Radio revolution was in the air last week. Sort of. A slightly warm, beige and emotionally fuzzy revolution. At Radio 2, we had, at long last, after an eternity of hype designed to remind us that we were indeed witnessing one of the epoch-making moments in the history of mankind, Chris Evans taking over from Terry Wogan on the breakfast shift.
Meanwhile, over at the true, pure and unreconstructed home of revolution (96.2 Revolution, serving the Greater Oldham area), the station proprietor (and formerly Virgin Radio's on-air controversialist-in-chief) Steve Penk was complaining bitterly about the above.
He even went so far as to write an angry letter to the BBC Trust insisting that he was appalled at the "sheer scale of unfair cross-promotion" perpetrated by the BBC in support of Evans' accession.
And it's true that the Evans commercials have been wall to wall across the BBC's TV channels. His mug has been as hard to avoid as was David Tennant's over Christmas. So he, Penk, clearly has a point.
But, really. Have two of the medium's enfants terribles come to this? Not so much two bald men fighting over a comb - more like two former hipsters fighting over custody of a cardigan. Or a cardigan-wearing audience at any rate.
It's a salutary reminder that mainstream radio is terribly middle-of-the road and, dare we say it, rather staid. And any suspicion of stuffiness was surely underlined by the news that Johnny Vaughan and Lisa Snowdon have just signed up for another two years on Capital Breakfast. The commercial medium's headline talent line-up (Vaughan and Snowdon, Magic's Neil Fox MD, Heart's Jamie Theakston, Christian O'Connell on Absolute Radio) has seemingly been set in stone for donkey's years.
Has the Evans era kicked off with a realisation that the medium is, in on-air terms at least, rather tired? No, not really, Mark Cross, the communications planning director at COI, states. But he says we all have to wait to assess the impact of Evans not just on raw listening levels but on audience profiles.
He says: "Generally speaking, we want a strong commercial sector with strong brands and audiences - and as an advertiser, we need to explore ways of unlocking the value of the relationships stations have with their listeners. So, of course, we support any initiative to invest in brands and talent in the commercial sector. But it will be interesting to see the extent to which Evans retains the Wogan audience. If he doesn't, therein lies an opportunity for commercial radio to strengthen its offering. You don't need to do that by making single, high-profile signings of presenters. I think it's about strength in depth and having the right talent in the right places rather than about one individual."
But Dominic Woolfe, Starcom's head of radio, thinks that the situation is more urgent than that. He explains: "Evans is a huge threat. I hope the sector is ready. Obviously, it needs a blend - and there will always be a place for proven talent like Johnny and Lisa. But the medium needs new talent too. It has to be a long-term game - and now that radio is owned by private companies, there has been an expectation that there's every opportunity to do that. More, certainly, than when radio was owned by PLCs."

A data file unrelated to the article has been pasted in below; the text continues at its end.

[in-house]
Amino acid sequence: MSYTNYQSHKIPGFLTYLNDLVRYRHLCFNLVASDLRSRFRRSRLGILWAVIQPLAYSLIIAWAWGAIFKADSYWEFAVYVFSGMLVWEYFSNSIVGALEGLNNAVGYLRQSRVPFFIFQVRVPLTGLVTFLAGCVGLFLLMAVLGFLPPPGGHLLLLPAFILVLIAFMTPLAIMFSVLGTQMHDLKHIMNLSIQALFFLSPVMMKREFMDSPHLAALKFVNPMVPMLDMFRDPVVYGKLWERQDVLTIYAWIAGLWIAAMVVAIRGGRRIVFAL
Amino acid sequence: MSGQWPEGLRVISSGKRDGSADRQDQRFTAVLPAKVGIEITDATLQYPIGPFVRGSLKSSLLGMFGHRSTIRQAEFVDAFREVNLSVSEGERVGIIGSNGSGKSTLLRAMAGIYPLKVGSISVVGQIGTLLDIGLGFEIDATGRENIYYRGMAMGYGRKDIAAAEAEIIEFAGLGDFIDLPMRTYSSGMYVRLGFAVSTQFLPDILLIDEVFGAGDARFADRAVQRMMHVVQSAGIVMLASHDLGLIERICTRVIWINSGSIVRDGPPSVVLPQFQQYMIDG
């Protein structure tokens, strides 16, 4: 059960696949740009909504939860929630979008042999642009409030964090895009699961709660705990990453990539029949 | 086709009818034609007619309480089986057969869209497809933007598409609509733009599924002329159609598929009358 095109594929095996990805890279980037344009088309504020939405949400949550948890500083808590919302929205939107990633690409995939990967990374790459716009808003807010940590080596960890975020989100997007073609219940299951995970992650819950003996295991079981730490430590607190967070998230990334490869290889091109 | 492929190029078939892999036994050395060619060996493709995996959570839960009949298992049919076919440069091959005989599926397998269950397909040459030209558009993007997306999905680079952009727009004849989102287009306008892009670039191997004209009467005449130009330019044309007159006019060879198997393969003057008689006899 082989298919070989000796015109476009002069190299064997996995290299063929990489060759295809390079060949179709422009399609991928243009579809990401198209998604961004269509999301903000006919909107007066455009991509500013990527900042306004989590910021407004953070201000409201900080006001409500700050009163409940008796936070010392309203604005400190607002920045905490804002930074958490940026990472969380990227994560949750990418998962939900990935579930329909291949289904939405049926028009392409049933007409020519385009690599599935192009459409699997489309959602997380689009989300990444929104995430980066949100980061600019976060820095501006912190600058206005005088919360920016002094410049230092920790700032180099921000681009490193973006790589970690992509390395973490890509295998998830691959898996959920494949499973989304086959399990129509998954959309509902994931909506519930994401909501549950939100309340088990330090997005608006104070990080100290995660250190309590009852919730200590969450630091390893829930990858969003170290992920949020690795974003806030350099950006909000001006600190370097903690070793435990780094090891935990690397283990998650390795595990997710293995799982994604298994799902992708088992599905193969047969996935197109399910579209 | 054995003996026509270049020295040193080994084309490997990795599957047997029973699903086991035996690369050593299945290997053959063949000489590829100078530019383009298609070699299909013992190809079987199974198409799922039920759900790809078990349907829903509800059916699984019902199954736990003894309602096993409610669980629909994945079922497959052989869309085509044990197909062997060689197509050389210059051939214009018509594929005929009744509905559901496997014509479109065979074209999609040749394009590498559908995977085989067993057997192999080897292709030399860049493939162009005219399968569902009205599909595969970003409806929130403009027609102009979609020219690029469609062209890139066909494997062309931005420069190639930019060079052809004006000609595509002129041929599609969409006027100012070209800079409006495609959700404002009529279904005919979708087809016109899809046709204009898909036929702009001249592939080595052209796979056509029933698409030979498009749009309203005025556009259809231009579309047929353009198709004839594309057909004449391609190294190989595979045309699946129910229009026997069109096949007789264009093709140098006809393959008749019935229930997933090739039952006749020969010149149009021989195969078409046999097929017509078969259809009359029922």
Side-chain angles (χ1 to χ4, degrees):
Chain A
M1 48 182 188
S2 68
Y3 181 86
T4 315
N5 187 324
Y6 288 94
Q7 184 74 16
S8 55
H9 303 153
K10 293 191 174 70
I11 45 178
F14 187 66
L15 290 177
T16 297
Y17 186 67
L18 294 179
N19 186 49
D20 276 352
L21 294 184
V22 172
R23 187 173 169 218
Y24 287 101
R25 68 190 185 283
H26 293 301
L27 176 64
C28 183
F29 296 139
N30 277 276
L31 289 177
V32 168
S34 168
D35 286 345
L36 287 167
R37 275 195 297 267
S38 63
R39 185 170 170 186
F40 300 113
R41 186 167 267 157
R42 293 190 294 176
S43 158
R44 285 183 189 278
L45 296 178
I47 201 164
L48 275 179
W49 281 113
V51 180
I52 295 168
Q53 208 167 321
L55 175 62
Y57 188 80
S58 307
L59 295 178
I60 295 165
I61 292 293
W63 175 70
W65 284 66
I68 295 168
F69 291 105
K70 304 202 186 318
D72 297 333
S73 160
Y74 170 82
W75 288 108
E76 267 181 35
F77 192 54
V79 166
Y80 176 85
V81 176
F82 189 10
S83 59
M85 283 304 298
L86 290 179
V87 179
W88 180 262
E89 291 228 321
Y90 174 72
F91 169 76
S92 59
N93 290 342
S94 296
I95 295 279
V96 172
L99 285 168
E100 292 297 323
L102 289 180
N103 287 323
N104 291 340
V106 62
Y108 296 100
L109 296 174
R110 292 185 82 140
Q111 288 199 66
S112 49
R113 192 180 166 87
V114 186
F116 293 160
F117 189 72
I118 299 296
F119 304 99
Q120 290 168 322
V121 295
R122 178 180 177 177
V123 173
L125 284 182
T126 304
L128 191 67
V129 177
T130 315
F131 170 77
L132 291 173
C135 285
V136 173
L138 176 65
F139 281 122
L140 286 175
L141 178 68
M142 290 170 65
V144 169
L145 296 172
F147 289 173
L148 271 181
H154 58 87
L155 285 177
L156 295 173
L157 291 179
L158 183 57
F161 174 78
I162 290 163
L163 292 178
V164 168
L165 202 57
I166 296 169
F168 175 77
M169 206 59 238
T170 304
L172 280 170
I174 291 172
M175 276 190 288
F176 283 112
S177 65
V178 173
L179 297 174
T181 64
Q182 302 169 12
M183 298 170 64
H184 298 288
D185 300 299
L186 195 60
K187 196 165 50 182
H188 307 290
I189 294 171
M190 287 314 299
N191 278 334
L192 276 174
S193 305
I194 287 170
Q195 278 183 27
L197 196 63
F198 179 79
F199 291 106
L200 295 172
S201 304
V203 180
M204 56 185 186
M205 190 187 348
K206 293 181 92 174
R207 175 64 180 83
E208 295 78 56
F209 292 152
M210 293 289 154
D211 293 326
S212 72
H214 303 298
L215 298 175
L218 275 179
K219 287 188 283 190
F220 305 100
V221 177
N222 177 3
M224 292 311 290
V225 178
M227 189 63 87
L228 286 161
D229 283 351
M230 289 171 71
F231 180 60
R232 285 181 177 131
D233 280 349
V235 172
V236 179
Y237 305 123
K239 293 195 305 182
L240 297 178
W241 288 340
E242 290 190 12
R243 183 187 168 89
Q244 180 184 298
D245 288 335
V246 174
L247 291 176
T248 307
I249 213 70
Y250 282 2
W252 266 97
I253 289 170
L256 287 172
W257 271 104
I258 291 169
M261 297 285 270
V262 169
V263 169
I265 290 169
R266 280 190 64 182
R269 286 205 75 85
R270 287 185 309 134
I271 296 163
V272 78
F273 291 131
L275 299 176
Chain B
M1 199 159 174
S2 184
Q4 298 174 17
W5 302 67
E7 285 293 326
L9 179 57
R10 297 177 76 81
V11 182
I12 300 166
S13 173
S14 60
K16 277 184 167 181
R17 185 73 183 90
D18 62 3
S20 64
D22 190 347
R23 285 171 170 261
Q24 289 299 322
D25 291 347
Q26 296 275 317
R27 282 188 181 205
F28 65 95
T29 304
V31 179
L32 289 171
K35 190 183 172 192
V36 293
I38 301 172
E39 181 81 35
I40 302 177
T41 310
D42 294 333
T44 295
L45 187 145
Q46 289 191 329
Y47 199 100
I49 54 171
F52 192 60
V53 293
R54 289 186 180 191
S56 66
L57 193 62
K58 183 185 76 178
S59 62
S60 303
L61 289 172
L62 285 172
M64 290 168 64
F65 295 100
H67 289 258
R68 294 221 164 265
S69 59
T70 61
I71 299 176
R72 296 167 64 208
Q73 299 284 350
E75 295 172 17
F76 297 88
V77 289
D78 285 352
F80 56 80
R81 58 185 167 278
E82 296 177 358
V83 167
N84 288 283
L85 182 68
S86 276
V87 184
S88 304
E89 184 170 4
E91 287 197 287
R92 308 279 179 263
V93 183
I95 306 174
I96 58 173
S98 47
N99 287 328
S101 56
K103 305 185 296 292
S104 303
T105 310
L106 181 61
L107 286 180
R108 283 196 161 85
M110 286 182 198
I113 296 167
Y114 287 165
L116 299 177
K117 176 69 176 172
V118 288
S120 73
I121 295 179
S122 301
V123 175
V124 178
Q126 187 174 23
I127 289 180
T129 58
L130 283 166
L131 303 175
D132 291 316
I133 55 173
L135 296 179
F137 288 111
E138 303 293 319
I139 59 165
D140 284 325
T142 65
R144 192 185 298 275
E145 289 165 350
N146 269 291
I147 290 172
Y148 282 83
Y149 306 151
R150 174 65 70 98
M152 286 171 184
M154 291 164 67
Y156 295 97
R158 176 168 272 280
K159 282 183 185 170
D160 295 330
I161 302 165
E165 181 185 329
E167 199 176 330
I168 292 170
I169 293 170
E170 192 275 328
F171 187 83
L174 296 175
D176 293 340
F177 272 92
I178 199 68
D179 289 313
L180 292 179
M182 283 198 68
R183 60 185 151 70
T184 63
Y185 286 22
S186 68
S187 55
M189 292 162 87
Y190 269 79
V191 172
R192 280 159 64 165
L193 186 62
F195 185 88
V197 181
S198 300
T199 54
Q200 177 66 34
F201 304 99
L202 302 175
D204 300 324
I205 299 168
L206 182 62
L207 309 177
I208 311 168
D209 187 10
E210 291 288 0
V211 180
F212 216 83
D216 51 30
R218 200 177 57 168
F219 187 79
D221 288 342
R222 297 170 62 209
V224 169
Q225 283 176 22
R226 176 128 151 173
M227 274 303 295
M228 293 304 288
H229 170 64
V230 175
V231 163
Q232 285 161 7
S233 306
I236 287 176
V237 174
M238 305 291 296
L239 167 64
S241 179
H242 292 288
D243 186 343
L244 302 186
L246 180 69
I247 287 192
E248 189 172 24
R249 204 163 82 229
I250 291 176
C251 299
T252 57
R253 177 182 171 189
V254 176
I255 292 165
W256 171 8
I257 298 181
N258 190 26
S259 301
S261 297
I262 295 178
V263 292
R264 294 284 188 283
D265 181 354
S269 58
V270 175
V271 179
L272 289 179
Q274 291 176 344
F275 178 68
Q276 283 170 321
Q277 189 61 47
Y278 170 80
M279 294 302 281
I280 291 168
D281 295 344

And maybe it's true, Tom Drummond, Initiative's head of radio, argues, that the commercial sector is perhaps not making the most of its current assets. It's a finely balanced situation, he reckons: "Commercial radio has some very big names - it's just that we sometimes forget that. Theakston, Fox and Vaughan are all household names. And we shouldn't assume that everything's going brilliantly at the BBC. Yes, it's making much of Evans - but don't forget it has just lost Jonathan Ross. And Evans might be a brilliant DJ, but is he right for that audience? If they don't stay with him, where will they go? The BBC will be under pressure this year - and it no longer has the ability to hand out blank cheques. That has to be an opportunity for commercial radio. It's just that it hasn't been as aggressive as it might have been."
However, Howard Bareham, the head of radio at Mindshare, isn't quite in agreement with that analysis. He concludes: "If commercial stations had taken Evans and the launch of his new show on directly, that would almost inevitably involve negative copy - and I'm not sure they'd have been wise to do that. I think they're right to keep plying their own wares. Radio 2 has always been a threat - and the BBC has always had more opportunities to promote it across all platforms. I don't think that has changed much with the arrival of Evans."
MAYBE - Mark Cross, communications planning director, COI
"We'll have to see how Chris Evans does. If Evans begins pulling in a younger audience, it might demand a greater response from the likes of Heart and the Big City Network."
YES - Dominic Woolfe, head of radio, Starcom
"Commercial radio's talent line-up is looking a bit tired. And Evans is a real threat. I think the commercial sector has to respond but it doesn't have megabucks - so I'd suggest a big grass-roots talent hunt."
MAYBE - Tom Drummond, head of radio, Initiative
"Perhaps commercial radio shouldn't sit back and complain about the BBC but instead make up its mind to go for it. Because it's also true there are some brands that are not as well-known as they should be."
NO - Howard Bareham, head of radio, Mindshare
"People forget that it's almost always established artists that drive audiences. Commercial radio would be more open to criticism if it chopped and changed too much. Nor do I think it's at all fair to imply that commercial radio has been on the back foot as regards Evans."
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